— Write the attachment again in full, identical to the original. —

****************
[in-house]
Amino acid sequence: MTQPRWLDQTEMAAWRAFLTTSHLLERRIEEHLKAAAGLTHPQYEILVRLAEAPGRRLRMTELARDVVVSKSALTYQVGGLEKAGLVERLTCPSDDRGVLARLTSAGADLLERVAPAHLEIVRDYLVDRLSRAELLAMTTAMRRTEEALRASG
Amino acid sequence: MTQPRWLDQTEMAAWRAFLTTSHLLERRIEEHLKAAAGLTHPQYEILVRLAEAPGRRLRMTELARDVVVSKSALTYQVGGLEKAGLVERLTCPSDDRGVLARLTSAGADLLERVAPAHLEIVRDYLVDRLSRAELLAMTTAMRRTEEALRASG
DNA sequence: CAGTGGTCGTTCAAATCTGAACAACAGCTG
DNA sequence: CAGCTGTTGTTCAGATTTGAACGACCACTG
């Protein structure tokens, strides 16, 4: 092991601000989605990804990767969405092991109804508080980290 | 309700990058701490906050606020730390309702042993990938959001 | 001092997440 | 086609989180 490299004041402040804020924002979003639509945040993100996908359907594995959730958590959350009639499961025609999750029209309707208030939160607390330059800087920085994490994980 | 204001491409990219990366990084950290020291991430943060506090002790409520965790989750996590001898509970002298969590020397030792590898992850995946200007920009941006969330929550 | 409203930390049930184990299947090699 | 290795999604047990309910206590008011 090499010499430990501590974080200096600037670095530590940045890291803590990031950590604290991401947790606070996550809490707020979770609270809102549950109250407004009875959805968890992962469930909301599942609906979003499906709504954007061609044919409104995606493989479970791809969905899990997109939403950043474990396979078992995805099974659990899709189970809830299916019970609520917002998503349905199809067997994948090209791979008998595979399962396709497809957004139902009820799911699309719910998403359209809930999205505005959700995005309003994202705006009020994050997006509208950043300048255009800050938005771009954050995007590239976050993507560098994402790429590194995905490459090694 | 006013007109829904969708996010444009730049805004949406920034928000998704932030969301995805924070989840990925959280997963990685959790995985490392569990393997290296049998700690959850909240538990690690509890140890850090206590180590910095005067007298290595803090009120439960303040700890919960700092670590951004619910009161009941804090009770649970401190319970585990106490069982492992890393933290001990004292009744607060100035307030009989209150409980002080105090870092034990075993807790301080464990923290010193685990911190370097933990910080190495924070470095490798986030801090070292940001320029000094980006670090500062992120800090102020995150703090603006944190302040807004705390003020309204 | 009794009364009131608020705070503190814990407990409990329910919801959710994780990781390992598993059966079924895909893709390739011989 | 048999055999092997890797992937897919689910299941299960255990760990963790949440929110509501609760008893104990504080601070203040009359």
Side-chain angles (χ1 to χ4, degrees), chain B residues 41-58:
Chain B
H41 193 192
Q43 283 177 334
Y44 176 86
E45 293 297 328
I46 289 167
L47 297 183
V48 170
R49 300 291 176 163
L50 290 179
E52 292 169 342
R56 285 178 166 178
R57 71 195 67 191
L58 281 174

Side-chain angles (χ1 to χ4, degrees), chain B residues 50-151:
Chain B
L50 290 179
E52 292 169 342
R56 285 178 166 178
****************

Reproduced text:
[in-house]
Amino acid sequence: MTQPRWLDQTEMAAWRAFLTTSHLLERRIEEHLKAAAGLTHPQYEILVRLAEAPGRRLRMTELARDVVVSKSALTYQVGGLEKAGLVERLTCPSDDRGVLARLTSAGADLLERVAPAHLEIVRDYLVDRLSRAELLAMTTAMRRTEEALRASG
Amino acid sequence: MTQPRWLDQTEMAAWRAFLTTSHLLERRIEEHLKAAAGLTHPQYEILVRLAEAPGRRLRMTELARDVVVSKSALTYQVGGLEKAGLVERLTCPSDDRGVLARLTSAGADLLERVAPAHLEIVRDYLVDRLSRAELLAMTTAMRRTEEALRASG
DNA sequence: CAGTGGTCGTTCAAATCTGAACAACAGCTG
DNA sequence: CAGCTGTTGTTCAGATTTGAACGACCACTG
């Protein structure tokens, strides 16, 4: 092991601000989605990804990767969405092991109804508080980290 | 309700990058701490906050606020730390309702042993990938959001 | 001092997440 | 086609989180 490299004041402040804020924002979003639509945040993100996908359907594995959730958590959350009639499961025609999750029209309707208030939160607390330059800087920085994490994980 | 204001491409990219990366990084950290020291991430943060506090002790409520965790989750996590001898509970002298969590020397030792590898992850995946200007920009941006969330929550 | 409203930390049930184990299947090699 | 290795999604047990309910206590008011 090499010499430990501590974080200096600037670095530590940045890291803590990031950590604290991401947790606070996550809490707020979770609270809102549950109250407004009875959805968890992962469930909301599942609906979003499906709504954007061609044919409104995606493989479970791809969905899990997109939403950043474990396979078992995805099974659990899709189970809830299916019970609520917002998503349905199809067997994948090209791979008998595979399962396709497809957004139902009820799911699309719910998403359209809930999205505005959700995005309003994202705006009020994050997006509208950043300048255009800050938005771009954050995007590239976050993507560098994402790429590194995905490459090694 | 006013007109829904969708996010444009730049805004949406920034928000998704932030969301995805924070989840990925959280997963990685959790995985490392569990393997290296049998700690959850909240538990690690509890140890850090206590180590910095005067007298290595803090009120439960303040700890919960700092670590951004619910009161009941804090009770649970401190319970585990106490069982492992890393933290001990004292009744607060100035307030009989209150409980002080105090870092034990075993807790301080464990923290010193685990911190370097933990910080190495924070470095490798986030801090070292940001320029000094980006670090500062992120800090102020995150703090603006944190302040807004705390003020309204 | 009794009364009131608020705070503190814990407990409990329910919801959710994780990781390992598993059966079924895909893709390739011989 | 048999055999092997890797992937897919689910299941299960255990760990963790949440929110509501609760008893104990504080601070203040009359």
Side-chain angles (χ1 to χ4, degrees), chain B residues 41-58:
Chain B
H41 193 192
Q43 283 177 334
Y44 176 86
E45 293 297 328
I46 289 167
L47 297 183
V48 170
R49 300 291 176 163
L50 290 179
E52 292 169 342
R56 285 178 166 178
R57 71 195 67 191
L58 281 174

Side-chain angles (χ1 to χ4, degrees), chain B residues 50-151:
Chain B
L50 290 179
E52 292 169 342
R56 285 178 166 178